Shiny Shelf

Doctor Who: The Age of Steel

By Eddie Robson on 17 May 2006

For once we’ve been able to peep at an advance copy of this week’s ‘Doctor Who’: however, you’ll find no spoilers here: if that’s what you’re looking for, away with you. Keep the surprises for Saturday. Have you no will-power, man?

In common with many of the Cybermen’s previous appearances, Tom MacRae’s two-parter held off on introducing the creatures themselves until well into the story. Any viewers who felt cheated by this (and they shouldn’t have done, because it was dramatically the right way to play it) will quickly forget it, because this features plenty of hot Cyber-action. Unlike many of the Cybermen’s previous appearances, however, it’s really good.

As monsters, the Cybermen always promised more than they delivered. It’s ironic that one of the key aspects of the Cybermen was that they were utterly dependent on logic, given that their plans often made no sense. I say ‘ironic’: in fact, it was rather stupid. (Anyone who wishes to counter this claim will need to first explain away the gallumphing great plot holes of ‘The Moonbase’, ‘The Wheel in Space’ and ‘Attack of the Cybermen’ – and why, in ‘The Tomb of the Cybermen’, they appear to have sealed themselves in a survival chamber that doesn’t unlock from the inside.)

The nature of ‘The Age of Steel’ means that the story doesn’t have to be complicated – it’s an origin story, and the mere emergence of the Cybermen is a threat in itself without any hugely elaborate plan – so MacRae doesn’t make it complicated. This means that he avoids the severe logical flaws that affect so many other Cyber-plans. And, with some credited borrowings from a recent ‘Who’ audio play, certain aspects of the creatures now make sense in a way they never did before.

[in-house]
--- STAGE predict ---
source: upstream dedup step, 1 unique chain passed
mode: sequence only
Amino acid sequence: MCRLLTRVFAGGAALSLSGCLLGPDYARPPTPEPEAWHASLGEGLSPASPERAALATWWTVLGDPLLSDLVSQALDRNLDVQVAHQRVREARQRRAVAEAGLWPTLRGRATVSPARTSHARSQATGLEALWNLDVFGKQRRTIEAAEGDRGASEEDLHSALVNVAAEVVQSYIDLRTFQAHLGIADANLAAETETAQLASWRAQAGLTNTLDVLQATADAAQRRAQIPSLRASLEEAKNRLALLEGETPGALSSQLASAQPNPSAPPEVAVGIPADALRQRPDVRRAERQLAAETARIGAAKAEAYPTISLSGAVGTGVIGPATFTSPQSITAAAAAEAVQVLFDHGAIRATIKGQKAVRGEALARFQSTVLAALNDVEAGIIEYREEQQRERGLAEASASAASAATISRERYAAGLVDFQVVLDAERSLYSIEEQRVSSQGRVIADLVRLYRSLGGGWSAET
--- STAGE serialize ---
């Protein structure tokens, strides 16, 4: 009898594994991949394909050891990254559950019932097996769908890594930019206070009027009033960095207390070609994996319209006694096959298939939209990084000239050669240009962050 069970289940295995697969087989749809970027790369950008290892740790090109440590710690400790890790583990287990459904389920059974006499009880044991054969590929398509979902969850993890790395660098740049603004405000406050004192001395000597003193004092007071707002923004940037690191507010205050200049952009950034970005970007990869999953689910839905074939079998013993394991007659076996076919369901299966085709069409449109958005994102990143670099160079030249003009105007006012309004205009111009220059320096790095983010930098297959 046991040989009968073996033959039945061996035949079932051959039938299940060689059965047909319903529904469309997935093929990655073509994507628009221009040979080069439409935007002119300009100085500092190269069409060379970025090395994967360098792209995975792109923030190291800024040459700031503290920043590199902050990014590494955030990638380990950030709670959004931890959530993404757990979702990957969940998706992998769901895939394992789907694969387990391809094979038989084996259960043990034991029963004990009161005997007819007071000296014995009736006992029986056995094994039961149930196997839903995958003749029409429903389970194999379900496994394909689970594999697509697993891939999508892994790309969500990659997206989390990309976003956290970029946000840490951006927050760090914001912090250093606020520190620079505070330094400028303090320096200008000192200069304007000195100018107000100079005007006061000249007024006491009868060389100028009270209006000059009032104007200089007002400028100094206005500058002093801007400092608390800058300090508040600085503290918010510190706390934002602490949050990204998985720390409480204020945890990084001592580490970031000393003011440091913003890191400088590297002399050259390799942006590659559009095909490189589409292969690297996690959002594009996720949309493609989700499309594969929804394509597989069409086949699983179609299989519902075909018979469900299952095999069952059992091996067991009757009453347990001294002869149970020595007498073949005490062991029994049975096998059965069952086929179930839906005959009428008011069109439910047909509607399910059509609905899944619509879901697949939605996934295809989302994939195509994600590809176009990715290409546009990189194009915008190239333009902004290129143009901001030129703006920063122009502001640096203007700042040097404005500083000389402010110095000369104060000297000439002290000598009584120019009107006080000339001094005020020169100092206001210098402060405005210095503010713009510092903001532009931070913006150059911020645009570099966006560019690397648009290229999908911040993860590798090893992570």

The Cybermen were always fond of claiming that emotion was weakness, but (quite apart from the fact that they often appeared to act in an emotional manner) it was never clear how they had arrived at the conclusion that the good side of emotion was not worth suffering the bad, as it seems quite obvious to us. Here it’s satisfactorily explained in a way that adds to the plot, and also brings out the much vaunted body-horror aspect of the Cybermen which, in truth, rarely came off in their previous appearances.

All of which makes ‘Rise of the Cybermen’/‘The Age of Steel’ the Cybermen’s most effective TV appearance, and arguably their most effective in any medium. But it’s not just a great Cybermen story, it’s a great ‘Doctor Who’ story full stop: very well designed, energetically directed by Graeme Harper and with several fine performances (if this doesn’t finally answer Noel Clarke’s ever-diminishing band of critics, nothing will). Its sense of scale is probably the biggest that ‘Doctor Who’ has yet achieved (only last season’s ‘The Parting of the Ways’ is a challenger) and again marks the show as the most ambitious currently on British TV.

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By Eddie Robson

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